The Circular Economy in Practice

There’s no two ways about it, our world is currently configured to produce large quantities of waste in the form of packaging, broken products, and the byproducts of various activities including manufacturing, cooking and travel.

But what if were to change how we view waste, and instead think of it as a unexploited resource? I believe, that as well as reducing avoidable waste, we also need to look at how we make use of ‘waste’, and in doing so lay the foundations of what is being termed the ‘Circular Economy’.

Make no mistake, we are in a maelstrom of planetary crises, most of which are exacerbated by the huge quantities of waste that we create, but … with all change comes opportunity and it is my hope that the emerging circular economy brings a number of opportunities for us all to do things better.

Opportunities for innovators abound; wherever there is a waste stream there is a possibility to extract a valuable resource that can then be used for manufacturing new products. Here at Full Circle we collect a range of hard-to-recycle items such as crisp packets and toothpaste tubes which we then send to a national centre run by Terracycle who have the capability to produce new products. The Full Circle website has full details of the items we can accept.

Johanna manning our stall at a Repair Café in Kettle’s Yard

Another great example of innovation that must have been immensely rewarding to invent is the rCUP, a reusable coffee cup that is made from single use coffee cups.

For consumers the shift to the circular economy represents an opportunity to buy goods that are more individual. For Christmas this year I was given a stunning Upso gym bag made from discarded curtain sides from trucks; as well as being robust, each bag is different as it contains a different segment of the image on the side of the truck.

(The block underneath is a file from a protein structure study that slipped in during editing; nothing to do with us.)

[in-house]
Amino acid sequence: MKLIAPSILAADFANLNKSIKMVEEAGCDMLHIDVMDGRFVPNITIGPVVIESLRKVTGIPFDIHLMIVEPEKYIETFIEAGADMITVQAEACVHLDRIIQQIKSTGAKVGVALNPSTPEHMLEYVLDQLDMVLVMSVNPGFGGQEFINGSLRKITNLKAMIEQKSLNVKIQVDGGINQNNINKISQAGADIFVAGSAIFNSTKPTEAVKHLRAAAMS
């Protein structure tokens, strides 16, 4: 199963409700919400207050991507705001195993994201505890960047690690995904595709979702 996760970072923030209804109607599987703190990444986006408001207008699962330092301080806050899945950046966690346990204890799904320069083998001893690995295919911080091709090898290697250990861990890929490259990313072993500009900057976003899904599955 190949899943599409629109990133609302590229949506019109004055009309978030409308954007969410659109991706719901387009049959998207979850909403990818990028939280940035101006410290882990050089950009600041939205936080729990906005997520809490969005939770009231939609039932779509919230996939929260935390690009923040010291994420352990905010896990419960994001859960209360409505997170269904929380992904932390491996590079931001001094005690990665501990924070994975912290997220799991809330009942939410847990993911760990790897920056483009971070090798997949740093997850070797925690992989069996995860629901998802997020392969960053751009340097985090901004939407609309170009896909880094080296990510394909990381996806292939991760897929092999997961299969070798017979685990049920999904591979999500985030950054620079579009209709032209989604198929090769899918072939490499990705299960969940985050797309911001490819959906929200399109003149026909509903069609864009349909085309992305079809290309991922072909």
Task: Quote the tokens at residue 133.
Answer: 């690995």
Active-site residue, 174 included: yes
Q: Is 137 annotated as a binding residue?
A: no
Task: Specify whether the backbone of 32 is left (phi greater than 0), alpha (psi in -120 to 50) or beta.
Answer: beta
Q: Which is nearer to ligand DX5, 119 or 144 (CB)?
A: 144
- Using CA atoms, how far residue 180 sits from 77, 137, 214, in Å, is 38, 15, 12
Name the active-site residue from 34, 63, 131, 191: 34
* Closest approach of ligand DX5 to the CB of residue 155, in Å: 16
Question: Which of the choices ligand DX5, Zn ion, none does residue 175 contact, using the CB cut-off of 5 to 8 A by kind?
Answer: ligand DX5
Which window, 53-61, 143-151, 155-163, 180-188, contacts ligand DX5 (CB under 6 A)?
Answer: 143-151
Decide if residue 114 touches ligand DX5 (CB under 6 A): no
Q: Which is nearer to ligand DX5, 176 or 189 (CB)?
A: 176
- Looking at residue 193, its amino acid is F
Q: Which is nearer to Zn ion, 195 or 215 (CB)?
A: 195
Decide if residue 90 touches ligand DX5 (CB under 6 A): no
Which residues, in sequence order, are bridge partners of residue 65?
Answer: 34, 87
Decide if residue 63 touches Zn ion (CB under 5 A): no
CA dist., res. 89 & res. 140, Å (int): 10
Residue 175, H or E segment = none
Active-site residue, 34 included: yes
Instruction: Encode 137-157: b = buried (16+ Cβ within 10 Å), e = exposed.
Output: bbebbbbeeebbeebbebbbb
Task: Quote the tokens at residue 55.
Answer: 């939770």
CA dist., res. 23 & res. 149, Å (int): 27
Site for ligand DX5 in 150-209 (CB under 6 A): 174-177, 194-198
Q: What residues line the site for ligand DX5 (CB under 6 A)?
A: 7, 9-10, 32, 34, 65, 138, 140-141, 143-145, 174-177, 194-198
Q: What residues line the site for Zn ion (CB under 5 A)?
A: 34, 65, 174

For society as a whole, we see examples where the circular economy lends itself to boosting the local economy as small manufacturing businesses, repairers and craftspeople work with offcuts, used items, broken goods etc. At Full Circle we are always looking for opportunities to resell locally manufactured goods; our best-selling range of soaps, shampoos and deodorants are made in north Cambridge, and we’ve just taken on a range of exquisitely made reusable fabric gift wraps that come from no further than Histon.

Developing the theme of the boost to the local economy, it is also my sincere hope that the growth of the circular economy can reverse the seemingly inexorable shift of the value of labour to capital that has created such huge wealth inequality around the globe. Whilst I’m not suggesting that large, efficient manufacturing plants aren’t a great benefit to all (as long as they are operated to high labour and environmental standards), it would be wonderful to see locally-owned, labour-intensive businesses gain a greater share of the world economy.

Full Circle currently stock a variety of products from body care, to household products, clothing care and products for on the go. We’ve recently expanded into refillable cleaning products but we’ve set our sights higher. We want to start selling packaging-free food. To make this happen, we need your help. We’re currently crowd funding to allow us to expand our market stall so you can bring your containers to fill up with food there, or you’ll be able to bring them to Repair Cafés and community events. We’re also planning to start home deliveries by electric van to bring packaging-free food right to your door. To find out more about our plans and to support us, please head over to our Crowdfunder page.


Paul Richardson, Director at Full Circle